Both watching and waiting might seem passive in our take-charge world. Perhaps what Solomon is suggesting is that the value of wisdom is an exercise in delayed gratification. It takes patience and consistency. It is not quick and instinctive. We have to be focused on Wisdom and be willing to sacrifice some instant gratification in order to reap the benefit of what Wisdom offers.

The phrase watching daily at my gates paints a picture of wisdom as a city while waiting at my doorposts pictures wisdom as a house. In each instance, the gates and the doorposts mark the entrance—the starting point. The idea seems to be that those who seek to be wise will pursue wisdom as the starting point of their endeavors, not as a means to bail them out of adverse consequences incurred from making bad decisions.

In the end, the work and delayed gratification is worth it, “For he who finds me finds life” (vs 35). The flesh promises instant gratification, but it lasts only a short while and does not bring the joy it advertises. What the world calls “life” is actually “death.” Waiting on wisdom, acting out of wisdom, and orienting our perspective around wisdom brings life. It is in our true best interest. Life works best when we follow the path of wisdom.

Not only so (and certainly directly related), he who finds wisdom “obtains favor from the Lord” (vs 35). The Hebrew word translated favor is “rason,” which can mean “delight” or “pleasure.” The Lord is pleased when we choose the path of wisdom. Why? Because it is best for us. We are His creation, and He desires His creation to work well, to be consistent with His created order—which was all “very good” (Genesis 1:31).

When we follow wisdom, we gain life. The opposite is also true: But he who sins against me injures himself; All those who hate me love death” (vs 36). To sin against wisdom is to walk apart from wisdom. Sin is making choices to walk apart from the beauty and harmony of God’s created order. To hate wisdom is to hate life. And to hate wisdom is to love death.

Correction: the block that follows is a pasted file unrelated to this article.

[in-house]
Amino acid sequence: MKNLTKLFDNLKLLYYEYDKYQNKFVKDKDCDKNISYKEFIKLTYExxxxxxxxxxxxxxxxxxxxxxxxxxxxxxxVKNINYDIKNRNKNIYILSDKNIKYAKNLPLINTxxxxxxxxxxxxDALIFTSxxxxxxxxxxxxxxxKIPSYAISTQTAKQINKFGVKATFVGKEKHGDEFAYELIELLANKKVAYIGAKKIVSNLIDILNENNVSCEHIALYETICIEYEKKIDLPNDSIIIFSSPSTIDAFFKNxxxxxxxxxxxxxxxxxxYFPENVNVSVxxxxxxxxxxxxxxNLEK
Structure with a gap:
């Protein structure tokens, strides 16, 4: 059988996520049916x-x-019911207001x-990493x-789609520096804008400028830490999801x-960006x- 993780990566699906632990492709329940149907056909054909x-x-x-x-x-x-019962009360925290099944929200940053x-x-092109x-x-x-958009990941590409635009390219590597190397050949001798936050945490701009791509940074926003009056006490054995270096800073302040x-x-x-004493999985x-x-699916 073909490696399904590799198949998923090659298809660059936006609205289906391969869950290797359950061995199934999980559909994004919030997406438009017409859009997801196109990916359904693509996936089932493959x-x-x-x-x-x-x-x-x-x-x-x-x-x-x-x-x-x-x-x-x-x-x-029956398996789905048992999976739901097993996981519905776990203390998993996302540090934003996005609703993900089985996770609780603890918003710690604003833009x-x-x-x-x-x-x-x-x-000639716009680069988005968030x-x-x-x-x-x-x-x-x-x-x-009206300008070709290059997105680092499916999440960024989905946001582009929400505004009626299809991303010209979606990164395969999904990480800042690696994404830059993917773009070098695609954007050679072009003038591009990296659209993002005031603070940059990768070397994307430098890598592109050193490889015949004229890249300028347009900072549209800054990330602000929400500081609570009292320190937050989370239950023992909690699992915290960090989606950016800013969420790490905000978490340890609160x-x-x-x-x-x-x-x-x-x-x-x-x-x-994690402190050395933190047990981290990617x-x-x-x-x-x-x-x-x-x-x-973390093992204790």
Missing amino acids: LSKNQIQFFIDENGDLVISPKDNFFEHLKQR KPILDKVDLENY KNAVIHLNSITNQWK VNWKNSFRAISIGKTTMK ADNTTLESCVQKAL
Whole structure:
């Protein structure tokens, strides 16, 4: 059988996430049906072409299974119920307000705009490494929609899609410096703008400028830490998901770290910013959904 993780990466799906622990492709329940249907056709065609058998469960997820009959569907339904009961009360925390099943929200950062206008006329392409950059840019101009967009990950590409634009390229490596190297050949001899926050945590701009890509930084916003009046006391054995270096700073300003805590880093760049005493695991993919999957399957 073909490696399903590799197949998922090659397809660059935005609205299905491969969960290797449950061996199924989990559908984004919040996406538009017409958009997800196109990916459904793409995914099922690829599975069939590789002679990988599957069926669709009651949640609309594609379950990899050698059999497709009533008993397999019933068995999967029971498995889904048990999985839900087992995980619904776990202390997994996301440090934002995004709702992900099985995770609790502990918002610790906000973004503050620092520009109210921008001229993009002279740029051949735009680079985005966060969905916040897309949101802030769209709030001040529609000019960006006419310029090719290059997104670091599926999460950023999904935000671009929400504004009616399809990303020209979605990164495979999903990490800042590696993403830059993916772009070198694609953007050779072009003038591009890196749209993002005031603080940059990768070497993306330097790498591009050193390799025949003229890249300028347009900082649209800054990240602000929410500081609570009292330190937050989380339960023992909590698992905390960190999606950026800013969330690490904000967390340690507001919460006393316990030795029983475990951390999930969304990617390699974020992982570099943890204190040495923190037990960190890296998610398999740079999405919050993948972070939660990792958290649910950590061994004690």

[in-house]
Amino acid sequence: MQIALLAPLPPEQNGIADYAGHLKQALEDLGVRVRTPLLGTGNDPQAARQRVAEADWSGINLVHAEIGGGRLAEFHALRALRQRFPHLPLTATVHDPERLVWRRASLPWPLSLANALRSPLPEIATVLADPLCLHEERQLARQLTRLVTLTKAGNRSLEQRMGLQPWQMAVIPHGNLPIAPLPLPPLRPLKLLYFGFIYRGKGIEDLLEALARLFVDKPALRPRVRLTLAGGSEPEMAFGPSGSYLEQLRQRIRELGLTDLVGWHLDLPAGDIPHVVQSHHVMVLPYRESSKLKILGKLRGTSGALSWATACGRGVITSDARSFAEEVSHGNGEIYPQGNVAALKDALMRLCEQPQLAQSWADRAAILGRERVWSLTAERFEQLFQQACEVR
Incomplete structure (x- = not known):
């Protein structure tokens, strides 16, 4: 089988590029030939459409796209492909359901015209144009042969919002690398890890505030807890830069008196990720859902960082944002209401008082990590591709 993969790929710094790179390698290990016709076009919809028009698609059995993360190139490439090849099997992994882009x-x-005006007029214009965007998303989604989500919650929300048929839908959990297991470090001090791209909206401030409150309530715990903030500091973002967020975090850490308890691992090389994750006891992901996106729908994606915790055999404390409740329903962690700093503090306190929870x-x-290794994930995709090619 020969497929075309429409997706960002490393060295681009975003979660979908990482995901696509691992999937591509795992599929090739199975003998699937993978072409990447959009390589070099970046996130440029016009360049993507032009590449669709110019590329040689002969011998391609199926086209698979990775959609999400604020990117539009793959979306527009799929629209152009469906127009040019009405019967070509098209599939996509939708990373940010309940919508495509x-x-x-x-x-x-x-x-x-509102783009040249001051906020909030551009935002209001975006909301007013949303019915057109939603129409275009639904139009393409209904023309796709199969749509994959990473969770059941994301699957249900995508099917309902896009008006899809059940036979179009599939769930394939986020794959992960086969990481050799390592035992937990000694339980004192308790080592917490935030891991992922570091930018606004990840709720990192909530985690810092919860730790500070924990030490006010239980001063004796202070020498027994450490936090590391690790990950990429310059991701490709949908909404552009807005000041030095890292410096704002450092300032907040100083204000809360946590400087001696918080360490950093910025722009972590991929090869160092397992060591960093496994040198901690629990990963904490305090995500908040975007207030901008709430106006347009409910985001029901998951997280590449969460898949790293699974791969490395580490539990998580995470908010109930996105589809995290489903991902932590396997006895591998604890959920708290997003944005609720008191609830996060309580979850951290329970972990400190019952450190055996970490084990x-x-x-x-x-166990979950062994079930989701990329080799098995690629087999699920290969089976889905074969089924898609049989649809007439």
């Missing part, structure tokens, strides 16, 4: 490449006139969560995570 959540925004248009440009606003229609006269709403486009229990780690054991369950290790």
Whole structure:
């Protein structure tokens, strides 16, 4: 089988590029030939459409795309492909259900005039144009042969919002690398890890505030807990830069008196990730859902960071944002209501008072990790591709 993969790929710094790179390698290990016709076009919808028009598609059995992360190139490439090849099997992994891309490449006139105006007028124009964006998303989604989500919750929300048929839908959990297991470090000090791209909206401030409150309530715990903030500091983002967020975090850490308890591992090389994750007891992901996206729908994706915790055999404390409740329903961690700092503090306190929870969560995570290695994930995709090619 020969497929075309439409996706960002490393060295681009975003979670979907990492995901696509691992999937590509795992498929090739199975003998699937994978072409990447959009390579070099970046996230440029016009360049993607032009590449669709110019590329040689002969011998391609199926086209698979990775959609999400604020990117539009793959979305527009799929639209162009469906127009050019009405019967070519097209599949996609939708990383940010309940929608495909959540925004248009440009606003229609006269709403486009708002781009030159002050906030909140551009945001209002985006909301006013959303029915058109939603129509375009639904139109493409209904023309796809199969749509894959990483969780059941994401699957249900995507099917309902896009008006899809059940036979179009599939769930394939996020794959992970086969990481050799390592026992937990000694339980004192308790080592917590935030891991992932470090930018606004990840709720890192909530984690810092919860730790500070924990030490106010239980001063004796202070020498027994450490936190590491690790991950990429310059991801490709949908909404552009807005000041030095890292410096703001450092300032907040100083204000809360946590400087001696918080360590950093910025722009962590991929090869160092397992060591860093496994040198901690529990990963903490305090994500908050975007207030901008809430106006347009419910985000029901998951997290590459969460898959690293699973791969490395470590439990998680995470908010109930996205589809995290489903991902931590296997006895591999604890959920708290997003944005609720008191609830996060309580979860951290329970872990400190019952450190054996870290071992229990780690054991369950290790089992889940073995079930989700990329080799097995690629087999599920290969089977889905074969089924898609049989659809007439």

It will follow then that all that is in the world will claim “this is life” but will be death. What is in the world, the lust of the flesh, the lust of the eyes, and the boastful pride of life, are all things we can (and sometimes do) love (1 John 2:15). Falling to these lusts led to the fall of humanity, which brought death into the world (Genesis 3:5-6).

Wisdom allows us to see reality as it is, a part of which is to choose a perspective that sees the ways of wisdom as leading to life, rather than seeing the ways of the world as leading to life (when they actually lead to death).

Because wisdom is the heart and the soul of all of the created order, it aligns with the delight of creation, which Wisdom has identified as herself. Wisdom is truth and reality. And God approves when we make choices that align with what He has done.

Biblical Text

32 “Now therefore, O sons, listen to me,
For blessed are they who keep my ways.
33 Heed instruction and be wise,
And do not neglect it.
34 Blessed is the man who listens to me,
Watching daily at my gates,
Waiting at my doorposts.
35 For he who finds me finds life
And obtains favor from the Lord.
36 “But he who sins against me injures himself;
All those who hate me love death.”